The first time that Maria Kempinska put on a show was at her all-girls convent school during Lent to raise money for charity. It was an unlikely debut into show business but it clearly stood her in good stead. When she sold her chain of Jongleurs comedy clubs a few years ago she received a cheese for £8.5 million.
Brought up by Polish refugee parents on a council estate outside Watford, Kaminski did a lot of voluntary work at the local mental hospital while at school. By the time she left she had set her heart on pursuing a career in psychiatry. But her father refused to allow it, believing that she was too young to deal with such a difficult subject, so she decided to train as a teacher instead. She soon realized she did not want to be part of the school system, however, and started teaching drama in play centers and youth clubs instead.
She returned to London full of enthusiasm and started looking around for a possible venue for her club where comedians, poets and musicians could perform. Then she remembered an enormous room above a pub in Battersea, south London, where she used to go roller-skating. After persuading the owners to let her use it on a Friday night she talked her bank into giving her a £300 overdraft. Then she started looking for unknown, but talented, performers to appear on stage each week.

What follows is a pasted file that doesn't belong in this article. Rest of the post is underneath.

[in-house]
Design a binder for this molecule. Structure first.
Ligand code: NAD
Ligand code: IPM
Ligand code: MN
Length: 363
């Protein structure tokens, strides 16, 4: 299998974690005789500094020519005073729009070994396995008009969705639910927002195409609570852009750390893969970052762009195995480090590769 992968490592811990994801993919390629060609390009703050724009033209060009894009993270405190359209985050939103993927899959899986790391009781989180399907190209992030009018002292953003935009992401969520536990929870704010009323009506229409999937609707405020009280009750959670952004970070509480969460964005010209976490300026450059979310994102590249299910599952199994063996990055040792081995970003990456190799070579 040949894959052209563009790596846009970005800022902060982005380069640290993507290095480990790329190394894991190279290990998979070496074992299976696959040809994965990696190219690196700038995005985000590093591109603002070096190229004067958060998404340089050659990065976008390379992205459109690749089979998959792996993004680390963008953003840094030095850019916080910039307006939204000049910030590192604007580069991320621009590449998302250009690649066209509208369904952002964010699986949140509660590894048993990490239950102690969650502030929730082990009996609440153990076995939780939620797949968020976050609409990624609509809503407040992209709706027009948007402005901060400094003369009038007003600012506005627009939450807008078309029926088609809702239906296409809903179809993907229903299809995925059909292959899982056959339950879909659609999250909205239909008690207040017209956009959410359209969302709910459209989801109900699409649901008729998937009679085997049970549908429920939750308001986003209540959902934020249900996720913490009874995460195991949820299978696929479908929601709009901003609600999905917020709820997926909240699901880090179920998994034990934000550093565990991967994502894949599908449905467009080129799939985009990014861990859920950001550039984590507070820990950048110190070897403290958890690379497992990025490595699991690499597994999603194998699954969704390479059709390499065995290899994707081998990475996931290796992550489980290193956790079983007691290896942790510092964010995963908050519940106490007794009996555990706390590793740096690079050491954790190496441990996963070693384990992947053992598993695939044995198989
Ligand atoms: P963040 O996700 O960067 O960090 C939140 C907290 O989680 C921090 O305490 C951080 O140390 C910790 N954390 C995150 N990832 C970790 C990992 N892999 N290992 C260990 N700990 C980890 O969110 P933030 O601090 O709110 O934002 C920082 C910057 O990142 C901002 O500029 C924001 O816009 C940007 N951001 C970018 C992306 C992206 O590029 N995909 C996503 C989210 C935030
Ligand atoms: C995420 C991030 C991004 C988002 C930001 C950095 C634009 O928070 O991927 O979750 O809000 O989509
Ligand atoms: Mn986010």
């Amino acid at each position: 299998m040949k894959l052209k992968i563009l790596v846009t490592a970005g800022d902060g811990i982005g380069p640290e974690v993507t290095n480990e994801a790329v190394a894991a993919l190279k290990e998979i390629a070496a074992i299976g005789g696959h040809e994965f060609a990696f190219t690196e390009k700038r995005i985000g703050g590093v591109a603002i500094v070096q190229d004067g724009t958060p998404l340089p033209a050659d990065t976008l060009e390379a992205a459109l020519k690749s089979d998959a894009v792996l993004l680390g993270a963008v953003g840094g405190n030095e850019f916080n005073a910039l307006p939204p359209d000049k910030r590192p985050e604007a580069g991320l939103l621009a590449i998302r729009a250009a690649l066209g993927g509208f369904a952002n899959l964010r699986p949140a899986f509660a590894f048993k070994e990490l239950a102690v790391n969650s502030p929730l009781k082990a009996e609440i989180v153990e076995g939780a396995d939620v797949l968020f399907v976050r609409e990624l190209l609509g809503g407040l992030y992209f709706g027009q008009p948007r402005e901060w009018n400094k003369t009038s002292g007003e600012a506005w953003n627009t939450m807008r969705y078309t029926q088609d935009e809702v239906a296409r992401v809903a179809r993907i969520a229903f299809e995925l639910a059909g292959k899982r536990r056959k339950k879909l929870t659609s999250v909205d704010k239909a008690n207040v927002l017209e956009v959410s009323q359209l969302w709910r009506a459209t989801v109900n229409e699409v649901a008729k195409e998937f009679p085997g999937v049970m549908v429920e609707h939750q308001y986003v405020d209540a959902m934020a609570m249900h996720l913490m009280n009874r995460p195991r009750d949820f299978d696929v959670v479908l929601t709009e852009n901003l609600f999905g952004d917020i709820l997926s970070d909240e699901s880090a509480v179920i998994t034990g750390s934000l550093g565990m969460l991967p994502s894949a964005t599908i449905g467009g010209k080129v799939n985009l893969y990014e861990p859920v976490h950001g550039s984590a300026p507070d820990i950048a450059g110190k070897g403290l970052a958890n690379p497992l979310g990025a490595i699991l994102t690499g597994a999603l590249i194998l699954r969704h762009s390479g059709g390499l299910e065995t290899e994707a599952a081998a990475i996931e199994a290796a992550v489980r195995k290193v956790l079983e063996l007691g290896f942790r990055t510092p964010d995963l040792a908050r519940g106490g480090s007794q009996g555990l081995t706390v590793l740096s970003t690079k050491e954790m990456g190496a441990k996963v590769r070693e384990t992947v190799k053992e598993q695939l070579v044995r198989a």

She decided to call her club Jongleurs, a medieval term for a wandering minstrel. ‘I chose a difficult name because my own name is difficult and once people know it, they don’t forget it’, says Kempinska. ‘So I thought that people wouldn’t forget the name Jongleurs that easily.’ It worked. She says: ‘The first two Fridays were absolutely packed, and by the fourth week I was getting calls from people asking if they could perform at the club.’ There were, however, a few early adjustments to be made.
Kempinska’s original plan was to have performers of all kinds on stage, but she quickly decided to focus on stand-up comedians after realising there were not enough other types of performers to choose from. She started running shows on Saturday nights as well and after six months felt confident enough to give up her day job as an assistant to an actors’ agent. A business partner, John Davy, joined the company in 1986 and the two of them ran the shows in Battersea for eight years.
It provided a platform for dozens of comedians who have since become household names, such as Arthur Smith, Paul Merton and Mike Myers. But Kempinska was wary of relying on talent alone. She says: ‘I didn’t ever want to rely on a performer to spread the word.
The venue itself had to be good enough so people would have a good evening’s entertainment – and if they saw somebody who eventually became famous it would be a bonus.’ In 1990 she and Davy formed a partnership with Regent Inns, the company that owned the Battersea venue, splitting all the profits made from the venue equally between them, while Kempinska retained the Jongleurs name.
Now 55, she thinks the reason for her success has been her attention to detail: ‘The secret is to know what you are there for – and then to do what you do extremely well. It is no good having a venue where the sound is bad and saying you will deal with it next week. You have to deal with it there and then. It is about being the best you can. Do what you want to do, but do it absolutely brilliantly – and do it now.